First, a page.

What will it take to double Washington’s manufacturing sector?

Manufacturing is a bedrock of the state’s economy. It accounts for more than 300,000 jobs and approximately 11% of the state’s total economic output.

Those jobs tend to pay above average, too, with an average salary of $80,000.

That’s good news, but imagine what it would mean for Washington’s economy if the state doubled the number of manufacturing jobs.

What would it mean for communities? What would it mean for young people looking to build a career? What would it mean for families?

Every October, the Association of Washington Business hits the road in a custom-wrapped bus and tours the state’s manufacturers to call attention to the state’s manufacturing economy. This year, part of the message we’re taking on the road is about House Bill 1170, also known as the Washington BEST Manufacturing Act.

The bill, which was approved unanimously by the Legislature this year, calls for a doubling of Washington’s manufacturing jobs over the next 10 years, along with a doubling of the number of manufacturing firms owned by women and people of color.

It is an ambitious and inspiring goal. Achieving it won’t be easy. If we’re going to have a chance of achieving it, here are some areas that Washington will need to address:

  • Protect and continue to invest in Washington’s core competitive advantages. One of Washington’s strongest competitive strengths has been energy costs, which have historically been among the lowest in the nation. Losing this competitive advantage would hurt the state’s long-term competitiveness. Policymakers should continue to ensure this low-cost advantage while not compromising on clean energy and renewable energy objectives.
  • Prioritize infrastructure investments. Washington has more than $222 billion in unaddressed infrastructure needs, ranging from transportation, energy, water and communications systems. The state should focus on funding these projects to protect and preserve the manufacturing sector’s long-term competitive strengths in Washington state.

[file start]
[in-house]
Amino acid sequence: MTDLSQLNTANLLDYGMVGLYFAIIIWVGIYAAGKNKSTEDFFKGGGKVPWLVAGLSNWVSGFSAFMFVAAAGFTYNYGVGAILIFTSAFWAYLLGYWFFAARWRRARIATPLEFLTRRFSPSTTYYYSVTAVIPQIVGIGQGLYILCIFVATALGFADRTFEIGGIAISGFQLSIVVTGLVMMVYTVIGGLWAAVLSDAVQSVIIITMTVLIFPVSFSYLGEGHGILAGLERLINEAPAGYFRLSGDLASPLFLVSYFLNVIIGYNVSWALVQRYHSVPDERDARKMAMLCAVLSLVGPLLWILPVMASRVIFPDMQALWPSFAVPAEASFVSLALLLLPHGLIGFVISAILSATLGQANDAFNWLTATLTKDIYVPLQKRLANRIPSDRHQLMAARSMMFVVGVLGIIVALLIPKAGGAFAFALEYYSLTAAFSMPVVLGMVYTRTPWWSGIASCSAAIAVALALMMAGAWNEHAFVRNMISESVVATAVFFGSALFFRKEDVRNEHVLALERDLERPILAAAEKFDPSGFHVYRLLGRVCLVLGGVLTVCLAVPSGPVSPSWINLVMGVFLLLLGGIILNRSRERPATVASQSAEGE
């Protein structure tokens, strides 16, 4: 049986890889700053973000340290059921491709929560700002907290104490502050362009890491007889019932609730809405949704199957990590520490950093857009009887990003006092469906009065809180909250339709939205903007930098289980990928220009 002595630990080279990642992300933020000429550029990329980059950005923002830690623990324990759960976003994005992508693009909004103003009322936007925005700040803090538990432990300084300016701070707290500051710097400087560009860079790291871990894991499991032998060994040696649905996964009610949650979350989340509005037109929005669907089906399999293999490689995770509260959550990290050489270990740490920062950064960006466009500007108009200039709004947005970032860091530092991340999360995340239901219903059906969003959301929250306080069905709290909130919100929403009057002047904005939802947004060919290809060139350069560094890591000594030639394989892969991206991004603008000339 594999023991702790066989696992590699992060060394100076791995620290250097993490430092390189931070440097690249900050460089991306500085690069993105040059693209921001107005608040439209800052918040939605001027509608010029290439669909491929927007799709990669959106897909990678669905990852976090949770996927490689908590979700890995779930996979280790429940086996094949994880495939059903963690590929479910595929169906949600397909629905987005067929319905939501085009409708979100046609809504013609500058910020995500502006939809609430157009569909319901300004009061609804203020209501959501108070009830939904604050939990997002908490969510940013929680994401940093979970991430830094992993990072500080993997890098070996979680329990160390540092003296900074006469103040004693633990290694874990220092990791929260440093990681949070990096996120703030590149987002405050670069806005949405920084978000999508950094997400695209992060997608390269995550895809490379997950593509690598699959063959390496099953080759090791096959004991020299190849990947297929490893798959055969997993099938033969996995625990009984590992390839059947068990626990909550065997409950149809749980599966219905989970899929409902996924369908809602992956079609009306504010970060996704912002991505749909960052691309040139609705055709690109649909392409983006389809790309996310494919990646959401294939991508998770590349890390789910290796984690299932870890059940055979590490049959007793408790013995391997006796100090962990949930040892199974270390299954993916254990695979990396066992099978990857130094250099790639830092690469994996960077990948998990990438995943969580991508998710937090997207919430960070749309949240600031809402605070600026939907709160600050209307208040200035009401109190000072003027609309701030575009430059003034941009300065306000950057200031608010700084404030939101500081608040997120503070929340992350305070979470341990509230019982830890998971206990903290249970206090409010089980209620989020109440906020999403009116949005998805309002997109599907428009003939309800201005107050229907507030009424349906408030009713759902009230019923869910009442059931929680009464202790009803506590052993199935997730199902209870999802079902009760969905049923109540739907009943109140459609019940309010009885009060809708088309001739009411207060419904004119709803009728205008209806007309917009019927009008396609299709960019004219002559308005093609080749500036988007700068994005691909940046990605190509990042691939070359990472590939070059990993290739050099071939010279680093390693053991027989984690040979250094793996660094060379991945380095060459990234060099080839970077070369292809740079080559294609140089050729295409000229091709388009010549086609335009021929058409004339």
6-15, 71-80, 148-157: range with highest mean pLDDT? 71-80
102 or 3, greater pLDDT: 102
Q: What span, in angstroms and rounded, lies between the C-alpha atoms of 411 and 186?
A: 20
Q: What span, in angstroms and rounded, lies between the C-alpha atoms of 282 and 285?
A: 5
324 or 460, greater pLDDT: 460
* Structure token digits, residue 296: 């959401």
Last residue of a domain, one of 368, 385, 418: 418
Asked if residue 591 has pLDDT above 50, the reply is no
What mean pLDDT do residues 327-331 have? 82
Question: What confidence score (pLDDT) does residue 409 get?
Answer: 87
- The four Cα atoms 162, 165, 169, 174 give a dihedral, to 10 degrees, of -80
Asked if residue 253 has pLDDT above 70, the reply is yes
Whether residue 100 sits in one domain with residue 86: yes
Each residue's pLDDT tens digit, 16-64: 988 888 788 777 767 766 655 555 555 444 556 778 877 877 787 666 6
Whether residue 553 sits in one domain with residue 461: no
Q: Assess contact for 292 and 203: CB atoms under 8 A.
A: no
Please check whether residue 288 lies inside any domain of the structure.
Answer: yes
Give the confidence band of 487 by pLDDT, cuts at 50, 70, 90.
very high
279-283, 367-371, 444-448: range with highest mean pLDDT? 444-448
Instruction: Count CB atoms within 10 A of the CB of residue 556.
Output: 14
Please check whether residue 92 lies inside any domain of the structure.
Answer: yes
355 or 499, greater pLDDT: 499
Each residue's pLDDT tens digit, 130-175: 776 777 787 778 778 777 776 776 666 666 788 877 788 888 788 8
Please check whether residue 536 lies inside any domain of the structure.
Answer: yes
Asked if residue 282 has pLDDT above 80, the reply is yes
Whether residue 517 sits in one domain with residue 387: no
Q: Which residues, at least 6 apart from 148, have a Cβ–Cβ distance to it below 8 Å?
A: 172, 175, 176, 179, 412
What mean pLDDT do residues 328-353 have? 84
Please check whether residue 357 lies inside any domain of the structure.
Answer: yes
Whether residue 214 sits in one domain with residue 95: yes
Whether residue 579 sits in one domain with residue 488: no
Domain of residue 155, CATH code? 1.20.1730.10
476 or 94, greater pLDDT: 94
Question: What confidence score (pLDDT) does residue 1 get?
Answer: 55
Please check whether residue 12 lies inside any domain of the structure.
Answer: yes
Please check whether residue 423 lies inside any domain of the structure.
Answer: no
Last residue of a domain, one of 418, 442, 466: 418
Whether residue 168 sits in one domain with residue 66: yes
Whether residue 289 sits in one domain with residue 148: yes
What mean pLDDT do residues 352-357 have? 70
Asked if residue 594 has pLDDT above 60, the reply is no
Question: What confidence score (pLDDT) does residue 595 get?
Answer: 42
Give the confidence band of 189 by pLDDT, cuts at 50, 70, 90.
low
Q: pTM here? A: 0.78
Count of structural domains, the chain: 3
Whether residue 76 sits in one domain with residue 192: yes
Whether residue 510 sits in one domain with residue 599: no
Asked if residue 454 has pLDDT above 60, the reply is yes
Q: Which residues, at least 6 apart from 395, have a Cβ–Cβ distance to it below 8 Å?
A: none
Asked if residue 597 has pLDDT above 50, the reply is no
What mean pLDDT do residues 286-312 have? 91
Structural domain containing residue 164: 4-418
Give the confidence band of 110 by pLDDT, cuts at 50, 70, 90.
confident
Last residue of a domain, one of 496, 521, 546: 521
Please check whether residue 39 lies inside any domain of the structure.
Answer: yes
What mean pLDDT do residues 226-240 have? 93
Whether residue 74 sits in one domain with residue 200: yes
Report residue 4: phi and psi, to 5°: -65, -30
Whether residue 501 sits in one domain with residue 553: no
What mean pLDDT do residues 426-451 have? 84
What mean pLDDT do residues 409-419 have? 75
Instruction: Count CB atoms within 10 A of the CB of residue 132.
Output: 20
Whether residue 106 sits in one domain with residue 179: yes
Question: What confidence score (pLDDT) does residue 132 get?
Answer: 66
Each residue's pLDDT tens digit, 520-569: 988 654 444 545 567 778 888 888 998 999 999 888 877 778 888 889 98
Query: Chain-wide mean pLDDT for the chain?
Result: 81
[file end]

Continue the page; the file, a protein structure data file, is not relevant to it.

• Continually benchmark Washington’s tax incentives to ensure the state is competitive in comparison to other states. The state should periodically assess how it performs in relation to other states in areas of tax rates and tax incentives in the manufacturing sector. Benchmark Washington’s tax rates to make sure tax policies remain competitive relative to other states.
  • Review Washington’s existing regulatory system and determine areas of improvement. A 2015 state auditor’s report laid out areas where Washington can improve the ease by which businesses comply with state regulations. This report should be updated and be followed with a strategy for implementing the report’s recommendations. As part of this process, each year Washington should convene a panel of manufacturing businesses to understand the challenges and hurdles to new investment due to regulatory compliance and permitting processes.
  • Invest in the next-generation workforce. Even before the pandemic, a shortage of qualified workers was a challenge for Washington manufacturers. Like so many things, the pandemic served to exacerbate workforce challenges, making it more important than ever that employers, educators and state officials work together to inspire young people to pursue manufacturing careers and ensure they receive the education they need to enter the workforce.

There is no single answer, but addressing those five areas will help give Washington a chance of doubling its manufacturing base in the next decade.

Can Washington really double its manufacturing base in the next 10 years? Let’s hope so. When manufacturing thrives, Washington thrives.

Kris Johnson is president of the Association of Washington Business, the state’s chamber of commerce and manufacturers association.

 

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